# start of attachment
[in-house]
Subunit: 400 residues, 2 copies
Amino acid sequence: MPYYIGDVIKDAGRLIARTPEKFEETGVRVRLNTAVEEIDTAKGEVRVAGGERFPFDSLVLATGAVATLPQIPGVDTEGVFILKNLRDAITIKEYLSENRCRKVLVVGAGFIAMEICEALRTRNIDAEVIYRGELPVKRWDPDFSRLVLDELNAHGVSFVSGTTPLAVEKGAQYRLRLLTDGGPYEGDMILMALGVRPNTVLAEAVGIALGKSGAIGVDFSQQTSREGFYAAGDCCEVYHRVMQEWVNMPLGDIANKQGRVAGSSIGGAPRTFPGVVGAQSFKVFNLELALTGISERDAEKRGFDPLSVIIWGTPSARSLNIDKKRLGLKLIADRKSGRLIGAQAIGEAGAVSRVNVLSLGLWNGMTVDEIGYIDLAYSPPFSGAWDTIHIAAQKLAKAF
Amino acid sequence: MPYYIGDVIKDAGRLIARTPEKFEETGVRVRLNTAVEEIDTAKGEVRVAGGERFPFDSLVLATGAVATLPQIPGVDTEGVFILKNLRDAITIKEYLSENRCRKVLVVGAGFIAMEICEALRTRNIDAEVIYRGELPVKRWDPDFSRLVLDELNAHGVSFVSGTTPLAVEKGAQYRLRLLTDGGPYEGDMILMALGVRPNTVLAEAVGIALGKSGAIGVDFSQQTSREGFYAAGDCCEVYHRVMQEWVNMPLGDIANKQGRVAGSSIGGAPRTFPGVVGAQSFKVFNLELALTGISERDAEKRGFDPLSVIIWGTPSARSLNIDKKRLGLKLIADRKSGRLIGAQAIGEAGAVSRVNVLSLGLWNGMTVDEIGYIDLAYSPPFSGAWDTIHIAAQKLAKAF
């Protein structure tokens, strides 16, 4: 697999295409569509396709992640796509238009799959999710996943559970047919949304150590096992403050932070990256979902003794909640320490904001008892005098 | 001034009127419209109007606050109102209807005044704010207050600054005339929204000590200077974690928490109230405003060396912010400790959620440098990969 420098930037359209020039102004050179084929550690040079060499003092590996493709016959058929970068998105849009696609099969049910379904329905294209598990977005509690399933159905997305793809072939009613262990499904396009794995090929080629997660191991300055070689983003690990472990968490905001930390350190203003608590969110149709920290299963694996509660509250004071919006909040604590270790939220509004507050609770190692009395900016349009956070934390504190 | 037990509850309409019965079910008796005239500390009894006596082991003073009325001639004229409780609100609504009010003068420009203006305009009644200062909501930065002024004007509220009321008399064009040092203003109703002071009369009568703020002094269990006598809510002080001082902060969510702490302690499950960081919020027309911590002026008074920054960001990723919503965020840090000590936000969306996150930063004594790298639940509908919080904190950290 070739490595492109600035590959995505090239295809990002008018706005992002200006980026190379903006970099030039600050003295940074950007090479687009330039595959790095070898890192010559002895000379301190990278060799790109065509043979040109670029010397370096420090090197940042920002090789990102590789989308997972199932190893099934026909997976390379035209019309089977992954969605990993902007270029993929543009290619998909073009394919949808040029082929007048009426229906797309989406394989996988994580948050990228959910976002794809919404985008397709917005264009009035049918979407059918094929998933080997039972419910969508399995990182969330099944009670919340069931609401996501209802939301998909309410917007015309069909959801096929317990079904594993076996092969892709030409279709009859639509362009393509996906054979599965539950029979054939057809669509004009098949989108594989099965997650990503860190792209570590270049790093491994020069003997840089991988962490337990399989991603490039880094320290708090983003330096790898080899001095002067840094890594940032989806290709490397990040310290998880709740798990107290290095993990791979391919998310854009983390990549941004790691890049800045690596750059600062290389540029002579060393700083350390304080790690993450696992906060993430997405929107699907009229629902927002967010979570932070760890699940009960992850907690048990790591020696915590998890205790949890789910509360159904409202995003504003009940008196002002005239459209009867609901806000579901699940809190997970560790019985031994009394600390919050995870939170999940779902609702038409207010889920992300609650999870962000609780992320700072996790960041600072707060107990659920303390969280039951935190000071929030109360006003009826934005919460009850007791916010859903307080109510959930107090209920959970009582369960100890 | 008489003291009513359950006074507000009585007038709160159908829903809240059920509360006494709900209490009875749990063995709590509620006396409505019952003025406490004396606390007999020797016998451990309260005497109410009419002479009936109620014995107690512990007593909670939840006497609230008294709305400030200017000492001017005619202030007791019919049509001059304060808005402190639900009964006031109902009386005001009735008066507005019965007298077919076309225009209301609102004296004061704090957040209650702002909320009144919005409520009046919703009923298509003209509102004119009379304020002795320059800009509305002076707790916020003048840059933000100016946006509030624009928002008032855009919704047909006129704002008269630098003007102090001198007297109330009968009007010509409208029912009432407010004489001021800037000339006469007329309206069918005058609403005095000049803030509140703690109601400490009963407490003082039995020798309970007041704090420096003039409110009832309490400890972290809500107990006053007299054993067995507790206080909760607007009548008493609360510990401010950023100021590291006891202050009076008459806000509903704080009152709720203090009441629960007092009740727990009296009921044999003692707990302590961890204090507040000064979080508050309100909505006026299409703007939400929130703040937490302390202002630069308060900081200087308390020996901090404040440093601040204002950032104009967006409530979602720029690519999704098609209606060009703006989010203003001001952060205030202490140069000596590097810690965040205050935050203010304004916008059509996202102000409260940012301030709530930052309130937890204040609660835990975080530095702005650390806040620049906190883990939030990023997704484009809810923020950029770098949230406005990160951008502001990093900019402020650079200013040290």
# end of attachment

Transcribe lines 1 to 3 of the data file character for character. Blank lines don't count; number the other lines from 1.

[in-house]
Subunit: 400 residues, 2 copies
Amino acid sequence: MPYYIGDVIKDAGRLIARTPEKFEETGVRVRLNTAVEEIDTAKGEVRVAGGERFPFDSLVLATGAVATLPQIPGVDTEGVFILKNLRDAITIKEYLSENRCRKVLVVGAGFIAMEICEALRTRNIDAEVIYRGELPVKRWDPDFSRLVLDELNAHGVSFVSGTTPLAVEKGAQYRLRLLTDGGPYEGDMILMALGVRPNTVLAEAVGIALGKSGAIGVDFSQQTSREGFYAAGDCCEVYHRVMQEWVNMPLGDIANKQGRVAGSSIGGAPRTFPGVVGAQSFKVFNLELALTGISERDAEKRGFDPLSVIIWGTPSARSLNIDKKRLGLKLIADRKSGRLIGAQAIGEAGAVSRVNVLSLGLWNGMTVDEIGYIDLAYSPPFSGAWDTIHIAAQKLAKAF